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Options for Care when Caring for the Elderly

Published by Chapster on 2005/4/6 (6452 reads)
As we watch our parents and other elderly loved ones age, we become very conscious of the changes that they are going through. We want to support them in their lifestyle for as long as possible. Yet most of us are not familiar with the resources that are available to aging adults. This article offers some basic answers to the kinds of questions family members have.

For some time now, ElderHope has been part of the Community Focus broadcasts at KEOM FM 88.5. This month we did four segments. This is the second of those segments. It was recorded by Barb on March 30, 2005.

Q: So, Barb, what are we talking about today?

A: Today, I thought we'd talk about the growing number of options for care for aging loved ones. Sometimes, it's hard to make sense of all the options that are available. What is the difference between a nursing home, assisted living facilities, continuing care facilities, respite care, and hospice. So, I thought we'd give kind of a 101-style introduction to the types of care that are available.

Q: Well, let's start right in. Most of us have some mental picture of nursing homes, but how does it fit in to the care of someone who is elderly?

A: Well, the nursing home provides care for people of all ages who cannot care for themselves, who also do not have family who can give them the extent of care that they need. Often, families of persons with a severely debilitating or terminal illness will need to place their loved one in a nursing home simply because the care that they need is so intense – medication management, hygiene care, medical interventions, housing and feeding needs – and for whatever reason, family, if there is one, is not able to give that care. As an example, an 85 year old man may have a severe stroke. His wife will almost certainly be unable to care for him at home, at least for a time, due to the heavy lifting required, the constant attention necessary, and the need to attend to her own needs.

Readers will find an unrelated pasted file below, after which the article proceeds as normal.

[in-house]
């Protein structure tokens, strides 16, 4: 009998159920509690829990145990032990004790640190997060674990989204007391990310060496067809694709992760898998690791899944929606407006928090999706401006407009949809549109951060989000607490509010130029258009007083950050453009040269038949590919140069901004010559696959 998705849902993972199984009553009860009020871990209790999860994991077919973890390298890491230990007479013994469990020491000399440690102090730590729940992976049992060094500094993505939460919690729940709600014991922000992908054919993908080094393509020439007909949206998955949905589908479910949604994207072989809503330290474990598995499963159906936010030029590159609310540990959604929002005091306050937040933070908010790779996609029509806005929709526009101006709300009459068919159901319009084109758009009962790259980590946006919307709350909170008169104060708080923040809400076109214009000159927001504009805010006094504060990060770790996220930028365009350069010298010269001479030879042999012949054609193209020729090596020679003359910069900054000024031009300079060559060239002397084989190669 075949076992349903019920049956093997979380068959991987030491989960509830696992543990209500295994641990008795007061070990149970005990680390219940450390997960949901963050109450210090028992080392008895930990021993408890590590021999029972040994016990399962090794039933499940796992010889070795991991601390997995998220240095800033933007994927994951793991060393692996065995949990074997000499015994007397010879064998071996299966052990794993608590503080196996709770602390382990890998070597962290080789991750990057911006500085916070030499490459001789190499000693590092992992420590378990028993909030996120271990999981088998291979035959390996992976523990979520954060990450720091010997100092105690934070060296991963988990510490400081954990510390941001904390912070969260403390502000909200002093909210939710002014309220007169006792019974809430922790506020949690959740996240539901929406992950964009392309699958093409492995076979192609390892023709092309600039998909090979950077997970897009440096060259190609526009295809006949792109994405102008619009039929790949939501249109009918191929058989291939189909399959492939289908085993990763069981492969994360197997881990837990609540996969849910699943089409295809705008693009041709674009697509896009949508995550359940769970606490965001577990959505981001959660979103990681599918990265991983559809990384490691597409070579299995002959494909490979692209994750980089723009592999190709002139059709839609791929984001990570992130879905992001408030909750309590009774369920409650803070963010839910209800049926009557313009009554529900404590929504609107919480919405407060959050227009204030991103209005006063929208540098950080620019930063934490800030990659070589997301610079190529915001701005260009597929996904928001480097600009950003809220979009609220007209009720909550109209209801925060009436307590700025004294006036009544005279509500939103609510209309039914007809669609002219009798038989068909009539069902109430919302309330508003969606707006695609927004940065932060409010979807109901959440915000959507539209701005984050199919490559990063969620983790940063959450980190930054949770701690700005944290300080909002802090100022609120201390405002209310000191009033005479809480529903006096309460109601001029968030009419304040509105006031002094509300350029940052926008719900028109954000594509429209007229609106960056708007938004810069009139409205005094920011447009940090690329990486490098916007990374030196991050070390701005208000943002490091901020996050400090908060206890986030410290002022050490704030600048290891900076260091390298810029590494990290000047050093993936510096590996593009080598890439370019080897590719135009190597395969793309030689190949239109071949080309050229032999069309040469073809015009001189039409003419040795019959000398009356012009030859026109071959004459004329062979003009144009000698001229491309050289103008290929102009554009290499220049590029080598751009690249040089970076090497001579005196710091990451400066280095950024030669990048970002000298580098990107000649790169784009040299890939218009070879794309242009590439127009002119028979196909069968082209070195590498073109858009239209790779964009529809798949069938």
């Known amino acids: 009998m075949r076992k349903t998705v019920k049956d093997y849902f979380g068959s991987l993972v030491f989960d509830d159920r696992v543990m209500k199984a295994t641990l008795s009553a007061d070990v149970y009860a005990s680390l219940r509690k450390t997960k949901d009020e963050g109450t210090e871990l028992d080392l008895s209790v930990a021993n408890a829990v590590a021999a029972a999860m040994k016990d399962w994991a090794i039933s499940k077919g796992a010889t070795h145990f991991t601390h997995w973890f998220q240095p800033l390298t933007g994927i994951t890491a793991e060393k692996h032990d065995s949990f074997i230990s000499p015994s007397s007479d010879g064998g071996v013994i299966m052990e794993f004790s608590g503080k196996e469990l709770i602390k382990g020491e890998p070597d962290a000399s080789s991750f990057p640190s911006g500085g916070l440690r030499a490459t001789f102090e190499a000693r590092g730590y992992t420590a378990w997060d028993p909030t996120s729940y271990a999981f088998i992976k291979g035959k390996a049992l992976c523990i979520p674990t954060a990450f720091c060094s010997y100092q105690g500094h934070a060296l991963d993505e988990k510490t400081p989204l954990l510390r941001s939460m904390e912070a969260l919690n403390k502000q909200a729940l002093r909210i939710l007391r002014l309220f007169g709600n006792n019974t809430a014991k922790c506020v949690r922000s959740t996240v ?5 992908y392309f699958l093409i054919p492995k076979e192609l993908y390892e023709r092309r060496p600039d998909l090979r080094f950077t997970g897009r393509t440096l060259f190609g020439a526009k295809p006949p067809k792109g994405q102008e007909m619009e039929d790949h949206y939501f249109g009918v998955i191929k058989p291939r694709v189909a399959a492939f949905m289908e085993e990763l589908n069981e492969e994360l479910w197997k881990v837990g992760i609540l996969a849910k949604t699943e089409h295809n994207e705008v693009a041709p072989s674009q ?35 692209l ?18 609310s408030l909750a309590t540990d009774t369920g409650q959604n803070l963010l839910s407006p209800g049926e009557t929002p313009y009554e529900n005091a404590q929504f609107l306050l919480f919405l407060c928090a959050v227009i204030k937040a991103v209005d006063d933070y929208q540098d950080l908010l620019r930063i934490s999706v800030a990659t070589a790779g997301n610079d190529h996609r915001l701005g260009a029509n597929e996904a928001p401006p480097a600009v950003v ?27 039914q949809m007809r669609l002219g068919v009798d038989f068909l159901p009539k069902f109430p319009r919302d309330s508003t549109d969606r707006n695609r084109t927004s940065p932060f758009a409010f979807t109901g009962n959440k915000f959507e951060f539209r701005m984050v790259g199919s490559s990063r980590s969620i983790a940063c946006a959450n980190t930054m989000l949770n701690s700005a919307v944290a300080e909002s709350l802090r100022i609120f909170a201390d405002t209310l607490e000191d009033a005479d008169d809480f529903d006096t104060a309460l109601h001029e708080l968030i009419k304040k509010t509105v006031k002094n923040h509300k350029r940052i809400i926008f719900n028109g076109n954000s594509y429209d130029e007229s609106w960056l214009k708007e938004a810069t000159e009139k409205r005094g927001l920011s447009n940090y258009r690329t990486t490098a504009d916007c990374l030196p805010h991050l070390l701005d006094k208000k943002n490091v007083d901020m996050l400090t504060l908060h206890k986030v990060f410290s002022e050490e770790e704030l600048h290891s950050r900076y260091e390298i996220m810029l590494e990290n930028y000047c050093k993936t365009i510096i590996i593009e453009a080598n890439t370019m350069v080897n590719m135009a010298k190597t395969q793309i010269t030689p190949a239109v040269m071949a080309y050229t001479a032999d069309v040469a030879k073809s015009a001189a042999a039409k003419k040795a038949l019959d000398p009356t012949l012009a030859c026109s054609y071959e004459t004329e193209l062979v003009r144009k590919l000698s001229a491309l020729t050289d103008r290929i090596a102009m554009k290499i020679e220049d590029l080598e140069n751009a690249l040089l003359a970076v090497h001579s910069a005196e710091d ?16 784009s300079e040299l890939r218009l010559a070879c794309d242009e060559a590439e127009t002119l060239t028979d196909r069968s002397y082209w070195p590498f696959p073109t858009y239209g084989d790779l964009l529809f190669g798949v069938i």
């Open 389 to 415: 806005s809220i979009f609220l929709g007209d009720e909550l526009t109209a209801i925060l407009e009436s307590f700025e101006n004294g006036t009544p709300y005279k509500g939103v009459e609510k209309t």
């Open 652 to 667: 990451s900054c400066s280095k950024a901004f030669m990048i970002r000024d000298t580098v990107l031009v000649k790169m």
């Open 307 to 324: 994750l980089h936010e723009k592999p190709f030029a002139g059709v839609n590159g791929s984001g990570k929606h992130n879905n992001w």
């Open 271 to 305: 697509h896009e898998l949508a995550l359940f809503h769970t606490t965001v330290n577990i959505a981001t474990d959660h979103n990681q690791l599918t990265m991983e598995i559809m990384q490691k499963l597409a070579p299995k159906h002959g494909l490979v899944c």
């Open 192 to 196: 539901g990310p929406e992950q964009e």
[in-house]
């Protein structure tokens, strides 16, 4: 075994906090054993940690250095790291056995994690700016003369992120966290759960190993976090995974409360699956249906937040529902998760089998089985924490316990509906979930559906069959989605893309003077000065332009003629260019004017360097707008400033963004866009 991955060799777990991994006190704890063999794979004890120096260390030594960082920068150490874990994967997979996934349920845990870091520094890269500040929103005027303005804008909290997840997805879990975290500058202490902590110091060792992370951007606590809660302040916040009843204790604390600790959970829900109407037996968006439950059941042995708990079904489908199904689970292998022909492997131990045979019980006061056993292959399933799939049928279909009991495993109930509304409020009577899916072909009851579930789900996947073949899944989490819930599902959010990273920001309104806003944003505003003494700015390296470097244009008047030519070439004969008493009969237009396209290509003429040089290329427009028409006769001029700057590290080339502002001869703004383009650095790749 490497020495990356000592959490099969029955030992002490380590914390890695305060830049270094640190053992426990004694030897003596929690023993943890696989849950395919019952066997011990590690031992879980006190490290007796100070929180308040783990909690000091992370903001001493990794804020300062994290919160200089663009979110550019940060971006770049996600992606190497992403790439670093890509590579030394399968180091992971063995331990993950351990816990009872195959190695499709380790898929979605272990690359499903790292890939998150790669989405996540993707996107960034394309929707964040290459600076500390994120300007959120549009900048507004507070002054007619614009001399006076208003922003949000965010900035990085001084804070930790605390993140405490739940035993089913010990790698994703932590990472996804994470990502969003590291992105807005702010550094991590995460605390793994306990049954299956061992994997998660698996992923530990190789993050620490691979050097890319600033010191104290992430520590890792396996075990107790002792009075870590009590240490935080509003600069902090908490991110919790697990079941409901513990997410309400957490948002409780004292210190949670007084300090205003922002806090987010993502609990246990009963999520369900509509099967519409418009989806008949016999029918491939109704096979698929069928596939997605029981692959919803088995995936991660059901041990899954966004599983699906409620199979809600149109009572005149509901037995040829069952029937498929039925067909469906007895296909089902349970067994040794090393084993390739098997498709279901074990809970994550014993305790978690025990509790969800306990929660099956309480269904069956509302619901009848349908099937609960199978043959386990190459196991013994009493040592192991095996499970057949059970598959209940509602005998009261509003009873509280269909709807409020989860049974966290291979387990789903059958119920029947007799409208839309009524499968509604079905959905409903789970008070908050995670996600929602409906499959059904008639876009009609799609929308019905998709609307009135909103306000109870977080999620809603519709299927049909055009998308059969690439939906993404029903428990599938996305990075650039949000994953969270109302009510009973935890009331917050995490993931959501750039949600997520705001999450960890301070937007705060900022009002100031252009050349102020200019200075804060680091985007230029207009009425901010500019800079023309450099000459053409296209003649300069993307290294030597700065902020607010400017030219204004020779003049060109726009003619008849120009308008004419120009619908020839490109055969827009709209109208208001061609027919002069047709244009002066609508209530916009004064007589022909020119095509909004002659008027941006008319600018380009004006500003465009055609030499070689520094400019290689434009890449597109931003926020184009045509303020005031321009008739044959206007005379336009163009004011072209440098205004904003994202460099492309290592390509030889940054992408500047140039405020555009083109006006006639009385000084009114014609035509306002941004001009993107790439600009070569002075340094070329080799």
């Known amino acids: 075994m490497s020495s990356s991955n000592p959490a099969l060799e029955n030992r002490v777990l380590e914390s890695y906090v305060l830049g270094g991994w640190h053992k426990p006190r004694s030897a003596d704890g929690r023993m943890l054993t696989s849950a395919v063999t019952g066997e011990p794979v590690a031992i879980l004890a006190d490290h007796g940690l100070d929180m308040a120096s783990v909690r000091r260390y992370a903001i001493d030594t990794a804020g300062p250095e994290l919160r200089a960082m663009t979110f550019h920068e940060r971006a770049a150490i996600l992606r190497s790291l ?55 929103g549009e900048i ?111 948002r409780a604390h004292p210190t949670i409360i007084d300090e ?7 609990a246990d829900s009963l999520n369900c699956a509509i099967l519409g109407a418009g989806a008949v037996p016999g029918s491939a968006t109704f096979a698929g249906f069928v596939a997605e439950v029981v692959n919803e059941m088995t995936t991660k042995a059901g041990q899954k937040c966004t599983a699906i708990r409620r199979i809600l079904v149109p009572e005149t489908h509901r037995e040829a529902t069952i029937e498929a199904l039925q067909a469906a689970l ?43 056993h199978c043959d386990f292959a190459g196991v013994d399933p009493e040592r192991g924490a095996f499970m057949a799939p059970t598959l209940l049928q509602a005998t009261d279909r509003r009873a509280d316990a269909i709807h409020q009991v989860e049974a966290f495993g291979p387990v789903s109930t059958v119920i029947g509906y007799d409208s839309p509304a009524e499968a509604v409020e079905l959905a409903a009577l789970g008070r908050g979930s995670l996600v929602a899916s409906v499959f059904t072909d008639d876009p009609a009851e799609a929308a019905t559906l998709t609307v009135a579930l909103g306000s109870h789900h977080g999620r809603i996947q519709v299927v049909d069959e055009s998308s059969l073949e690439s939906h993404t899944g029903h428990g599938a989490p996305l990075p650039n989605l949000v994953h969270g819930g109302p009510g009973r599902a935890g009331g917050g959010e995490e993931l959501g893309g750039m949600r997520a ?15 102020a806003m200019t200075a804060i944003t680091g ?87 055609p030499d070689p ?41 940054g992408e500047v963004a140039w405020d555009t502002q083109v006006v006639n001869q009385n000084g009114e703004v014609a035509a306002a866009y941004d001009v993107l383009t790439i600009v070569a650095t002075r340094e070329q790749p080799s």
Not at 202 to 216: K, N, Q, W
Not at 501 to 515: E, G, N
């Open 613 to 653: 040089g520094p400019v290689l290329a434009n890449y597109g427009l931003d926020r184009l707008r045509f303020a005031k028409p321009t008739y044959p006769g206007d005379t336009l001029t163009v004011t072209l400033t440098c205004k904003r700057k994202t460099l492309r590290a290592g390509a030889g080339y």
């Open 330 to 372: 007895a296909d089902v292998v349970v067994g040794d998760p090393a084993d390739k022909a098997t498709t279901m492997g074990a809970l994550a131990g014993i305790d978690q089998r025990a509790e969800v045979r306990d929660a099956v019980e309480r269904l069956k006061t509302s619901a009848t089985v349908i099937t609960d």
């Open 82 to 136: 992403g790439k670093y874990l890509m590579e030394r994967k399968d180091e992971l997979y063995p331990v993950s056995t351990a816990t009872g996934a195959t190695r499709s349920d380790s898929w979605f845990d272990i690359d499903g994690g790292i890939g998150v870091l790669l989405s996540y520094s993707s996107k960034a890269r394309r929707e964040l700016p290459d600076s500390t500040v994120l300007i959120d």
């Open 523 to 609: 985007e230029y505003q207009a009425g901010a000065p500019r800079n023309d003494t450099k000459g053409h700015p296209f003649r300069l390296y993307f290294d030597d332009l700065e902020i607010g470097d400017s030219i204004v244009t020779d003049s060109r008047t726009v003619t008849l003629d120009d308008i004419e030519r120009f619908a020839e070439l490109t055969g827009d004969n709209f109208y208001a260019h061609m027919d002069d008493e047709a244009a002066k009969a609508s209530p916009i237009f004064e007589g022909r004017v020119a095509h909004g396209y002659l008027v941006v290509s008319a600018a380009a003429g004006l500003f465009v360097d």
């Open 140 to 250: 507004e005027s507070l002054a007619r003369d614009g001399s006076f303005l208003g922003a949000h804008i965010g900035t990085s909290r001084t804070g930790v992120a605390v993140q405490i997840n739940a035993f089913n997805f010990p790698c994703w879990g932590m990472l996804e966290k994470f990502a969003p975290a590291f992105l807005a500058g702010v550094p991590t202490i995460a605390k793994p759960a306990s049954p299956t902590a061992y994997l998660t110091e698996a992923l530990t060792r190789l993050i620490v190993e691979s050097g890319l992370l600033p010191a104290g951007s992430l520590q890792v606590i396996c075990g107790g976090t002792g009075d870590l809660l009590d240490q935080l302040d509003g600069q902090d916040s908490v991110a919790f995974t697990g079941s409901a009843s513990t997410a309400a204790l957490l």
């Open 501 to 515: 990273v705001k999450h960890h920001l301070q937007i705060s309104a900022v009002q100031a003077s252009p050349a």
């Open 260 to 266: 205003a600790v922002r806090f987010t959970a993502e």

Q: Where does the assisted living facility fit in?

A: Assisted living facilities are for those who are less debilitated but do need help with a few things like medication, and some activities of daily living, such as bathing, food preparation and getting up and around. It allows for more independence and requires less intense supervision of patients, though care is on site twenty-four hours a day. There are some facilities that focus on care of those who are memory impaired that fit especially well into this category. These patients are often not able to stay at home because they may constitute a risk to themselves and their families – for instance, they may turn on a stove burner and forget that it's on.

Q: What is the continuing care facility?

A: This is a facility that has all levels of care on its campus. They have independent senior living apartments or homes. They have assisted living. And they also have the skilled nursing departments. It is easy to move from one level of care to another as conditions change. Admission to these facilities is often set up via a contract with the facility that guarantees certain care for set fees over time.

[/b]Q: You mentioned respite care. The name suggests that it provides an opportunity to get away. [/b]

A: That's right. Some facilities and organizations have provisions for families to take a break away from the constant care of a debilitated loved one for a few days. This is called respite care. It is for those persons who are keeping their loved one at home. Hospice care, which provides care for those who have been diagnosed by a physician to have a life expectancy of less than six months, is one such organization. As part of their orientation toward comfort for both family and patient, they can provide respite under certain circumstances. There are many tools on line that can help caregivers to assess the kinds of facilities that will best fit their loved ones needs.

Tags: elderly   care   term   long   living   caring   assisted   infirm   options   resources  

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